One of the dominant themes in this column is the idea that the “next billion” and the “next next billion” will determine the future of technology, and especially mobile technology. Africa leapfrogged the rich world in mobile adoption and mobile payments, and could leapfrog everything else. The next dominant mobile platform could very well come from the emerging markets or, like Firefox OS, be geared towards the emerging markets.
One big piece of this mobile puzzle is connectivity. For this to happen (and many other good things besides), the next billions of mobile phone owners must have connectivity.
Many people in Silicon Valley are well aware of this. Two of the most important Silicon Valley companies, Google and Facebook, have big projects at hand trying to bring connectivity to these next billions.
Facebook's Internet.org is an industry consortium with telcos, networking equipment providers, and phone manufacturers designed to bring the prices of connectivity down to the next billion and striking “zero-rate” deals with carriers to let users access a limited version of the internet (naturally, including Facebook) for free.
Google's project, Google Loon, is a lot more exciting: Google is building high-altitude, solar-powered balloons which will roam above the atmosphere and beam Wi-Fi signals down to small and sturdy reception stations, so that anyone everywhere can access wireless internet.
These are worthy projects. But as the blogger Blair Reeves, at Bullish Data, points out in an excellent post, they're kind of beside the point.
There is a lot of enthusiasm in tech circles for whiz-bang technology that will solve the problems of poverty in one stroke. The obvious problem is twofold: Poverty is actually an enormously complex phenomenon, combining not just technological, but also cultural, social, economic, political and environmental issues; and most techno-utopian übergeeks are actually often clueless about these issues.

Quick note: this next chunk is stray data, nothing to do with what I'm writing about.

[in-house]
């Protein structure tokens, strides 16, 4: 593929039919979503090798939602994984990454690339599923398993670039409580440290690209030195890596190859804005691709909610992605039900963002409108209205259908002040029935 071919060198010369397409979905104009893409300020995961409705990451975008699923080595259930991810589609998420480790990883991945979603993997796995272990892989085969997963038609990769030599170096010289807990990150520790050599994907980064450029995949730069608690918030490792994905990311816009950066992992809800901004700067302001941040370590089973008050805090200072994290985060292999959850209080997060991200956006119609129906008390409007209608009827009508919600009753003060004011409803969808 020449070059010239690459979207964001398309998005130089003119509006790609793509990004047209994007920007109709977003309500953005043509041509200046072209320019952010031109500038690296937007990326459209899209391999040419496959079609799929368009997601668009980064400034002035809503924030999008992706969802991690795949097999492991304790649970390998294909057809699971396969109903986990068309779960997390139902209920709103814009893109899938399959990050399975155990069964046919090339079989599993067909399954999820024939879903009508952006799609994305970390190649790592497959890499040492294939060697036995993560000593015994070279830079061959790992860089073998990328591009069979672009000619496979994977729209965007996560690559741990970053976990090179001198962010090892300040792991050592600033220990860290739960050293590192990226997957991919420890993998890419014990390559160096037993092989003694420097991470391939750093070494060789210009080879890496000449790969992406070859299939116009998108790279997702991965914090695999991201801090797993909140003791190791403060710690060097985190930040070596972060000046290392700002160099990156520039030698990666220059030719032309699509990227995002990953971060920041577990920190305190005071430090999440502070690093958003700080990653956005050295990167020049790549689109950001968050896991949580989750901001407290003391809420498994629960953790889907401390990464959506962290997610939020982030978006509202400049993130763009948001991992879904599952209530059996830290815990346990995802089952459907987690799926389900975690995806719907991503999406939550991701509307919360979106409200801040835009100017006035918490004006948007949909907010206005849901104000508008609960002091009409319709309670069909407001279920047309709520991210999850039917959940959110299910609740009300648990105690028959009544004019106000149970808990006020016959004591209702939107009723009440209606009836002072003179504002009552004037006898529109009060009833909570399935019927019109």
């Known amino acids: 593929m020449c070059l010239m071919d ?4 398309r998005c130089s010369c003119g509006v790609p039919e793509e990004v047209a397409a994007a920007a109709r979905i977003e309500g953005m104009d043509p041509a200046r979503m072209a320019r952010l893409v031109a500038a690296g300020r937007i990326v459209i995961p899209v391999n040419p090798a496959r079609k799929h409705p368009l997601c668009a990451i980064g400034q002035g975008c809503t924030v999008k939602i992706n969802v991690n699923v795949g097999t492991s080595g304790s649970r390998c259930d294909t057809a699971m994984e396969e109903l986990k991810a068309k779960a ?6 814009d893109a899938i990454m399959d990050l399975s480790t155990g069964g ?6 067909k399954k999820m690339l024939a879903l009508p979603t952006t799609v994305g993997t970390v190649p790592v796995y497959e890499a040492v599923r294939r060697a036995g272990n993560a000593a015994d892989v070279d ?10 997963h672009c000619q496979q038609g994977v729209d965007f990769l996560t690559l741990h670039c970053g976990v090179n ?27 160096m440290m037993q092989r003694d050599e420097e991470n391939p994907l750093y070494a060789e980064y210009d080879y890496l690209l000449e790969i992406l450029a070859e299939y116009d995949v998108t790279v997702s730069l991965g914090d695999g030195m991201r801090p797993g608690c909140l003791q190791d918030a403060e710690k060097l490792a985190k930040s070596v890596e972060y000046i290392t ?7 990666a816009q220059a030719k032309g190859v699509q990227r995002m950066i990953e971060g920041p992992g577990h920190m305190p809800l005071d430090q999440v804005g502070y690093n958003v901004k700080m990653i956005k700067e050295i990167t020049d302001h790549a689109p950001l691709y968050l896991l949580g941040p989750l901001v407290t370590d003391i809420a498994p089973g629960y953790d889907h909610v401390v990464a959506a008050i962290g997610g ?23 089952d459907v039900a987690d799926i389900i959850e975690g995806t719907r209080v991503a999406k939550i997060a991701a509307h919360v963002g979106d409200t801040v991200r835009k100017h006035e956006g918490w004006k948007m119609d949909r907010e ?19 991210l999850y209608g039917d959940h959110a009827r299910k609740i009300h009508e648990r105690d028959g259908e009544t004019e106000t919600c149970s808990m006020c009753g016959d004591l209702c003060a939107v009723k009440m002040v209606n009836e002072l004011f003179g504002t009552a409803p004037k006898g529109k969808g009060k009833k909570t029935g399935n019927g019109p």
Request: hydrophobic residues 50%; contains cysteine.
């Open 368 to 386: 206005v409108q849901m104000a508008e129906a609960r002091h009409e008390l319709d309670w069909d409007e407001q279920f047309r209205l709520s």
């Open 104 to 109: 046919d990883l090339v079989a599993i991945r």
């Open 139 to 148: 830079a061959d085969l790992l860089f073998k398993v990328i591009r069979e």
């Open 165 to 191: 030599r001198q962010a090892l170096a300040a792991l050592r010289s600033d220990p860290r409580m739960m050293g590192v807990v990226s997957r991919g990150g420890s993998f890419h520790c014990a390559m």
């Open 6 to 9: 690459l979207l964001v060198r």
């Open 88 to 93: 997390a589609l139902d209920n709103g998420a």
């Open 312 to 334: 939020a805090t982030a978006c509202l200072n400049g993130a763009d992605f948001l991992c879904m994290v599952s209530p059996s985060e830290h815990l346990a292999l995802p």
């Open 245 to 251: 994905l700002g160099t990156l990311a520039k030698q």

Connectivity in the emerging and poor worlds is already skyrocketing, with no indication of slowing -- indeed, only accelerating. And this is happening in the most boring way imaginable: Because demand for connectivity is very high, companies are building up networks and other infrastructure, and prices are going down as scale increases.
Telcos in Africa and India are already expanding coverage and adding broadband because ustomers are demanding it. And they can do it cheaply through one of the best-known economic phenomenons: As scale increases and as technology becomes commoditized, prices drop like a rock.
The other big barrier to poor people accessing the internet is the cost of the device itself, especially since most of these markets are pre-paid. But prices of smartphones are also dropping like a rock, and also for the very same reason: The smartphone market now has enormous scale, and all of the components you need to make a smartphone (not a top-of-the-line smartphone, but a smartphone) have become commoditized. The reason why Xiaomi and ZTE (and other Chinese companies you haven't heard of) are making cheaper smartphones every day isn't because of some high-flying philanthropic drive to connect the world; it's because of good old-fashioned profit-driven motives.
This isn't to say that Google Loon and Internet.org are hopeless or useless. To the contrary -- any effort towards increasing connectivity is good, and they might do real good.
But it just serves to highlight that increasing connectivity is coming one way or another, and probably sooner than you think. And when it does, the change will be felt not just in Lagos and Mumbai, but in Paris and New York.
This story, "Want to Connect the Next Billion? Think Economics, Not Heroics" was originally published by CITEworld.